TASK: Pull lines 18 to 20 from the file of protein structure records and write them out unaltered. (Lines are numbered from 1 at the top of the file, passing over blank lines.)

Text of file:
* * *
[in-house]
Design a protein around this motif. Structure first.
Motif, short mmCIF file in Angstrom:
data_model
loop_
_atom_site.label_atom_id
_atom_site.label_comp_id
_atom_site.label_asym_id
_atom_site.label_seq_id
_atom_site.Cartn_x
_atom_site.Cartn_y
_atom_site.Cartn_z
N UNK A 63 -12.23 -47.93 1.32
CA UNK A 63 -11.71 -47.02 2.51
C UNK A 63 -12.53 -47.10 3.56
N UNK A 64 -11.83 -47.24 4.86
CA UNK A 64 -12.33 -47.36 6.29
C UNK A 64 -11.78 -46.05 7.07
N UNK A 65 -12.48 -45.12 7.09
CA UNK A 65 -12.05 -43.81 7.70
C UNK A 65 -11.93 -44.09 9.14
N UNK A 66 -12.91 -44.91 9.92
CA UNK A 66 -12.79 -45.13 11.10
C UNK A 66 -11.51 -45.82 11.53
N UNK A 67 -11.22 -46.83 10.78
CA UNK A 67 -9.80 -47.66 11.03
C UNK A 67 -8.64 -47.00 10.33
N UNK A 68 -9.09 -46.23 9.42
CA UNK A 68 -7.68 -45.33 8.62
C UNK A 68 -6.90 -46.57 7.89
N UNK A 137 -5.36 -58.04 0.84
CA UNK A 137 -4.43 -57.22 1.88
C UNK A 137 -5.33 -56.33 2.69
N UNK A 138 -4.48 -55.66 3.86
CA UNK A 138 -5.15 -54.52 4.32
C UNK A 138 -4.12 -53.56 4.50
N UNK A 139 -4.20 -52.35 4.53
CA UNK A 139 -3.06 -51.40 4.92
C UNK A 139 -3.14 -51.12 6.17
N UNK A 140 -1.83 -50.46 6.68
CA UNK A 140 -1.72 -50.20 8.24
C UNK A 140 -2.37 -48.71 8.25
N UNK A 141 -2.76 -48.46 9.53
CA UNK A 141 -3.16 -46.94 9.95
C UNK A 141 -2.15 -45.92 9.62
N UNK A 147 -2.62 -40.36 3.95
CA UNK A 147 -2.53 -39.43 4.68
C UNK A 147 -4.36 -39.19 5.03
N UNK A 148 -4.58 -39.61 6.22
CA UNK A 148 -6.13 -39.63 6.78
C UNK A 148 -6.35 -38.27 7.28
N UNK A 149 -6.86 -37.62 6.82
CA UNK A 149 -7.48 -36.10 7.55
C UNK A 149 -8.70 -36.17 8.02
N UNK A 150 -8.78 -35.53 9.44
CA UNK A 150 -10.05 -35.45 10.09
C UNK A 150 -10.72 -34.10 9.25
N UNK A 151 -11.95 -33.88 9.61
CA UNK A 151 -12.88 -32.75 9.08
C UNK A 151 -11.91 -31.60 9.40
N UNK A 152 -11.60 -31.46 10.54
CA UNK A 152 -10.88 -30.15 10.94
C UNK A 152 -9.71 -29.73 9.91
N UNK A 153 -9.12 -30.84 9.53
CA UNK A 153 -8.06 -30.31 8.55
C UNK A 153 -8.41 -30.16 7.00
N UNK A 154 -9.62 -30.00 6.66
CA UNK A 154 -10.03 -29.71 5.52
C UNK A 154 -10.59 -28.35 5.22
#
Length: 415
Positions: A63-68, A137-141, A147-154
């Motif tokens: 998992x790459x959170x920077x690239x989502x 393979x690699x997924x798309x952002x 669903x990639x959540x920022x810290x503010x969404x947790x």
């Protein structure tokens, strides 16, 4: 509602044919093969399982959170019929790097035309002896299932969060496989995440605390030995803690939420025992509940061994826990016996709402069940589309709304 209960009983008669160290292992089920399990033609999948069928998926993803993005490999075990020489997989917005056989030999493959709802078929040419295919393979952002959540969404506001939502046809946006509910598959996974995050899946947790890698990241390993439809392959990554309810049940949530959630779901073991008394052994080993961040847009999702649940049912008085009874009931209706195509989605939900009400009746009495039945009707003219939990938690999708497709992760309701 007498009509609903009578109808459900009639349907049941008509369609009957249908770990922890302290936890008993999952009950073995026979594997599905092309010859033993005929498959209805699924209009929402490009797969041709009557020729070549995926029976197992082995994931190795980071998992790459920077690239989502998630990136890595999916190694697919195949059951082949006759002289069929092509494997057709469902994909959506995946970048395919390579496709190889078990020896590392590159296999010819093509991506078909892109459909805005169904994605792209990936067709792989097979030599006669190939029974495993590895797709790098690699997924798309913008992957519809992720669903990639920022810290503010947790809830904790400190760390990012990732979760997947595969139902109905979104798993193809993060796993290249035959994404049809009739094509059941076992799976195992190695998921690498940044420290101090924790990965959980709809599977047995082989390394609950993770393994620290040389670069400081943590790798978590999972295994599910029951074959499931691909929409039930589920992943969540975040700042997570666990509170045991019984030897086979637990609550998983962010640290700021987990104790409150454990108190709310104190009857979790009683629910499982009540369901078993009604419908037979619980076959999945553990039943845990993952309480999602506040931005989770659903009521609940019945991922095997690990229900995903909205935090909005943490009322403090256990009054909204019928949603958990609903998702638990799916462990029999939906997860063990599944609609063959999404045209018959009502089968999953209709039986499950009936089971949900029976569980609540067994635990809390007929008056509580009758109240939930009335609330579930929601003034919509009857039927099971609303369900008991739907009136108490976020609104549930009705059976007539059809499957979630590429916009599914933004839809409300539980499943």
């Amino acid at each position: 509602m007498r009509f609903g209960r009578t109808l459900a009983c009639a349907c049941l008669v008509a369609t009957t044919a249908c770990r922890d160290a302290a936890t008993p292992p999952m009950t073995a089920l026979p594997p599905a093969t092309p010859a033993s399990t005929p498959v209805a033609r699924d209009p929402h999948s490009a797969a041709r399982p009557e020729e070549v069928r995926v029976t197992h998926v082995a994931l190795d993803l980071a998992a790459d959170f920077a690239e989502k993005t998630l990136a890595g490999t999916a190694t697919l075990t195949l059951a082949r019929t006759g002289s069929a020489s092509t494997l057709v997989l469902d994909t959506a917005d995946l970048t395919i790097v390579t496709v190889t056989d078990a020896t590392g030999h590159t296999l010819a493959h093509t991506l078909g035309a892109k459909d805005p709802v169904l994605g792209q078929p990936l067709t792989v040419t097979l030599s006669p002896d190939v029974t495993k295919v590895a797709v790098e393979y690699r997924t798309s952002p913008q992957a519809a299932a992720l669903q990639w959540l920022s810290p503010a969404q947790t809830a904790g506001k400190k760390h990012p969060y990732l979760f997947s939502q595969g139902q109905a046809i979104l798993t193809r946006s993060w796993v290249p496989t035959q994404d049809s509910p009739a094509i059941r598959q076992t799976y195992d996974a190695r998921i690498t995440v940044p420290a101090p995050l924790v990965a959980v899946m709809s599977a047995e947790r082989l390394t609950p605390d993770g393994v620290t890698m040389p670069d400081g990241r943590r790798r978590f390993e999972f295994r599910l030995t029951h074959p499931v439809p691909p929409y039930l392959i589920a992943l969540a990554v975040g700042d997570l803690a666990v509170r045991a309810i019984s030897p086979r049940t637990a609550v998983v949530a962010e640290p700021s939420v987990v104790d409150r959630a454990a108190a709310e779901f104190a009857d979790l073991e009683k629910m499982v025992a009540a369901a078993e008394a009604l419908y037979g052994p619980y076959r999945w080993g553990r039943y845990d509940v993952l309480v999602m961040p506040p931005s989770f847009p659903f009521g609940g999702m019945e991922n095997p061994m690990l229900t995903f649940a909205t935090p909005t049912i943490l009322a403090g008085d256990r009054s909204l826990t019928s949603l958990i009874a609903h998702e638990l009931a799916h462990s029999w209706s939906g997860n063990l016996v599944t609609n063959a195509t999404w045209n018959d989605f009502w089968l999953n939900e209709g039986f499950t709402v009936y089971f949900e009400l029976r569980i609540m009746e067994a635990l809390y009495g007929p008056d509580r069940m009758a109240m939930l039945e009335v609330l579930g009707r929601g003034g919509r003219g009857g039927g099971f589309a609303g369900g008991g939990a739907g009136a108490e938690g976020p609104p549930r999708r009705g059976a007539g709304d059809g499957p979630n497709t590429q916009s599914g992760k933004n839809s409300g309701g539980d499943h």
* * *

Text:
C UNK A 64 -11.78 -46.05 7.07
N UNK A 65 -12.48 -45.12 7.09
CA UNK A 65 -12.05 -43.81 7.70